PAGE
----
• Health care administrators.

Select to access this resource.

4.  Scholar-In-Residence in Child and Adolescent Health Announcement

AHRQ has extended the deadline for submitting applications for this position until July 30. The scholarship is to give a senior child and adolescent health services researcher an opportunity to enhance or develop areas of investigation that integrate children's and adolescents' health services questions with critical issues of:

  • Health outcomes.
  • Quality measurement and improvement.
  • Costs, financing, and organization of care.
  • Access.
  • Capacity building in child health services research.

Select to access the announcement.

5.  Article in the Journal of Health & Social Behavior

AHRQ issued on April 17 a press release on a study that reports on how changes in industry-level effects of sex and racial composition of the workforce, levels of union coverage and of part-time employment, and type of industry and firm size have contributed to changes in the level of employer-based health insurance received between 1988 and 1997. The article, "Economic Change and Health Benefits: Structural Trends in Employer-Based Health Insurance," by Lisa A. Cubbins, M.D., was published in the March issue of the Journal of Health & Social Behavior. Select to access the AHRQ Press Release.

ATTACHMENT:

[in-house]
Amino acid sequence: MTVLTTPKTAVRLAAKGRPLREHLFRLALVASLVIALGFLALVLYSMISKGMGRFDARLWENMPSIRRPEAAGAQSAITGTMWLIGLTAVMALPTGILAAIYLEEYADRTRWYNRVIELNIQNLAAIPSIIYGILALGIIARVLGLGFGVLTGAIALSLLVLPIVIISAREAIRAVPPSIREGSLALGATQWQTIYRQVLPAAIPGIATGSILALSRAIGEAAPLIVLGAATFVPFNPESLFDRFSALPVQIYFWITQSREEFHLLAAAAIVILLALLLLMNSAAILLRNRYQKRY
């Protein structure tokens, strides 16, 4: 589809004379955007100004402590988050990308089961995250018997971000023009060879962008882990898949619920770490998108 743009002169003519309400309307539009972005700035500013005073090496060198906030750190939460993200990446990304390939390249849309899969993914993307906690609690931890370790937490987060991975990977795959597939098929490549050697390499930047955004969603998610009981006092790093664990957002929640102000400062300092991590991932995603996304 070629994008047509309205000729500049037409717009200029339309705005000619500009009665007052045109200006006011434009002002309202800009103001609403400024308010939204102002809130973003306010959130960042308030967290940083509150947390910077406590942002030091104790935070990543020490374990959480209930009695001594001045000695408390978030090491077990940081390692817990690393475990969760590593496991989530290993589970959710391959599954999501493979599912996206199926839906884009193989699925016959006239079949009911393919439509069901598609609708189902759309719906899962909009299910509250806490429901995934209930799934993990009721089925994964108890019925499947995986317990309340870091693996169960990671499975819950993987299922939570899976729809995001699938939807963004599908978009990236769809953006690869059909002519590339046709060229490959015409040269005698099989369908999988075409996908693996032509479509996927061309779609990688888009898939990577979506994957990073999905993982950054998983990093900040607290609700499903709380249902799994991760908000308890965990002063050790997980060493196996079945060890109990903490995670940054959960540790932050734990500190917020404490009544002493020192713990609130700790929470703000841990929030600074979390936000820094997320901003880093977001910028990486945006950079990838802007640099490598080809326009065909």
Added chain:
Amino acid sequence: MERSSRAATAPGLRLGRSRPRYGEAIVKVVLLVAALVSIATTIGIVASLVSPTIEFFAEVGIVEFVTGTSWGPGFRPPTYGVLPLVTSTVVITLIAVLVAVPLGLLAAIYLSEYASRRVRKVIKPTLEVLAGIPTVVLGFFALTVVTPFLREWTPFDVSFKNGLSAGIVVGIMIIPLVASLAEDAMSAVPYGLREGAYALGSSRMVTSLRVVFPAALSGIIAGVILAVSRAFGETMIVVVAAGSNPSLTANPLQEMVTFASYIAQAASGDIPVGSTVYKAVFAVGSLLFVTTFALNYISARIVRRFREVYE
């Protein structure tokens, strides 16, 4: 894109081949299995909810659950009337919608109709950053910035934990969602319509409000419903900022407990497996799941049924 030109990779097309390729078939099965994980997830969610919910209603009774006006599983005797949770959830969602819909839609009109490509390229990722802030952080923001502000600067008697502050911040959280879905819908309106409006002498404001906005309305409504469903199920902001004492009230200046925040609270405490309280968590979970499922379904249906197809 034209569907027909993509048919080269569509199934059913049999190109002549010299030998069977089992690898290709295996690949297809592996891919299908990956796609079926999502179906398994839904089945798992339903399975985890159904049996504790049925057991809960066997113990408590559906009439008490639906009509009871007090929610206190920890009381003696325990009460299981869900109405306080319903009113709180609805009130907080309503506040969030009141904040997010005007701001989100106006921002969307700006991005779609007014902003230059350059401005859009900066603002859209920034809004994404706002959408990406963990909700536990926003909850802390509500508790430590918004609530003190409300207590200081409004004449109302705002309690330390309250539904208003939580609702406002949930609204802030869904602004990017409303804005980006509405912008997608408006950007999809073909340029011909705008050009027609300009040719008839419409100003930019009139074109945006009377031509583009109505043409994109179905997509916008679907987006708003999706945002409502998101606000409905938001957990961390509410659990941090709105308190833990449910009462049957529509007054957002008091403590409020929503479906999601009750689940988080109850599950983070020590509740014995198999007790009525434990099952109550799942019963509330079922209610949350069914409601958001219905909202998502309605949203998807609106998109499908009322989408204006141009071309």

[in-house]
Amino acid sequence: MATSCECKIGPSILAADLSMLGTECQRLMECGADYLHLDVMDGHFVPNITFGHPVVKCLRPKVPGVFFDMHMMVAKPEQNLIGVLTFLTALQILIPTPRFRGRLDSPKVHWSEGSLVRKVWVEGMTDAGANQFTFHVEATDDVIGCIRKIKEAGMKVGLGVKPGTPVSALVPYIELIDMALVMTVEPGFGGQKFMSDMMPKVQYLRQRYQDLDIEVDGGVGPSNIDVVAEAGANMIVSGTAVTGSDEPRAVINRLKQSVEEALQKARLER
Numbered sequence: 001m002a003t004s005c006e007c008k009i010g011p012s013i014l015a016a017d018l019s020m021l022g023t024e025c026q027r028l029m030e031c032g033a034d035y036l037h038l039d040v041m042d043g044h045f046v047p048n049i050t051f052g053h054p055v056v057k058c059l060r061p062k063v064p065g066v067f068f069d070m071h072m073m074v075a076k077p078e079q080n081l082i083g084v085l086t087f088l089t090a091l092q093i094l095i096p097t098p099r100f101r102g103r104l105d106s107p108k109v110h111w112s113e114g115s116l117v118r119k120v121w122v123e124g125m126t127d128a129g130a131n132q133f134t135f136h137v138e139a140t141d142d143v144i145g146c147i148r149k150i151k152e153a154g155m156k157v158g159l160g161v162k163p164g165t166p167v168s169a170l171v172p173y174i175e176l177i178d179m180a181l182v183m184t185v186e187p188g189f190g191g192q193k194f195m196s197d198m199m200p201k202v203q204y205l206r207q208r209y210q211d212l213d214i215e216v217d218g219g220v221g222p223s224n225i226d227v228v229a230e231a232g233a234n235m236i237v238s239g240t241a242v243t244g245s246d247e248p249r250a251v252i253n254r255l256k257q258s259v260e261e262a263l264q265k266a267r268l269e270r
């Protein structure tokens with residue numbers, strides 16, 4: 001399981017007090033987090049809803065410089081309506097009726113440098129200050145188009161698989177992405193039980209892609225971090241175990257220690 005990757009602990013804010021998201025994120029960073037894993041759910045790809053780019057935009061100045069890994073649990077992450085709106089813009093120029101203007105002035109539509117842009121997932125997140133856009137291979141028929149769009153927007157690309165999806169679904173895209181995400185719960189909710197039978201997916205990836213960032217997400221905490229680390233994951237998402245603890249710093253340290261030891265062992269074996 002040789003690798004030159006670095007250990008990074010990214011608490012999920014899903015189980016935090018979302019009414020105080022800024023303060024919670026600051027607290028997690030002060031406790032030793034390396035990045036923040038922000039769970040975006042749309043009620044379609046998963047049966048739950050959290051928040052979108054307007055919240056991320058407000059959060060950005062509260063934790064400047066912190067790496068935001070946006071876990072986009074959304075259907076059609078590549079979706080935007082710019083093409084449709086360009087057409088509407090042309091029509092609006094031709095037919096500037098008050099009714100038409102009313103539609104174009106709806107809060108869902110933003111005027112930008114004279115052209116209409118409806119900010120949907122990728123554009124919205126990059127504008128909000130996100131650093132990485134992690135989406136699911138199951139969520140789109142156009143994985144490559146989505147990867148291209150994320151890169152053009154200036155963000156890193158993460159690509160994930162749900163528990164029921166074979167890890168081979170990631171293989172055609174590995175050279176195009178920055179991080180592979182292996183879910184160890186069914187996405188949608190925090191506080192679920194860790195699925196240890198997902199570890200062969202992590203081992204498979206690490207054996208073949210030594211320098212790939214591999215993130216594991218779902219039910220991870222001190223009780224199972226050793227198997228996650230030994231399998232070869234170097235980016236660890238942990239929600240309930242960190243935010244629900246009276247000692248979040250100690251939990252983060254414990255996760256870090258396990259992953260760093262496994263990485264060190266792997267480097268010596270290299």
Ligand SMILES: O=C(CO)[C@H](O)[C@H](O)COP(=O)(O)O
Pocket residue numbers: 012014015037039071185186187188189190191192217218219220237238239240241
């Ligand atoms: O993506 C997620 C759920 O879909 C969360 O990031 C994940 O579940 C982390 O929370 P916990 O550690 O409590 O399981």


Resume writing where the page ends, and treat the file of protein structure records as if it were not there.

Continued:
6.  Article in the New England Journal of Medicine

AHRQ issued a press release on April 18 announcing the article, "Effect of Early or Delayed Insertion of Tympanostomy Tubes for Persistent Otitis Media on Developmental Outcomes at the Age of 3 Years," which appears in the April 19 issue of the New England Journal of Medicine (NEJM). Preliminary findings indicate that children under 3 years with persistent otitis media, or ear infections, do not improve in developmental outcomes, such as speech, language, cognition, and psychosocial development, regardless of whether the tympanostomy tube placement is prompt or delayed. Select to access the AHRQ Press Release.

7.  Chart on Health Care Use for Children 17 and Under

AHRQ issued the second in a series of charts on children's health created with MEPS data. The charts are derived from tables in an article published in Ambulatory Pediatrics entitled "Annual Report on Access to and Utilization of Health Care for Children and Youth in the United States—2000." This second chart, which shows health care use by children age 17 and under, highlights the fact that more than 70 percent of children visit a doctor's office at least once during the year. AHRQ's Deputy Director, Dr. Lisa Simpson, is among the co-authors of the article. Select to access the AHRQ Press Release and the chart.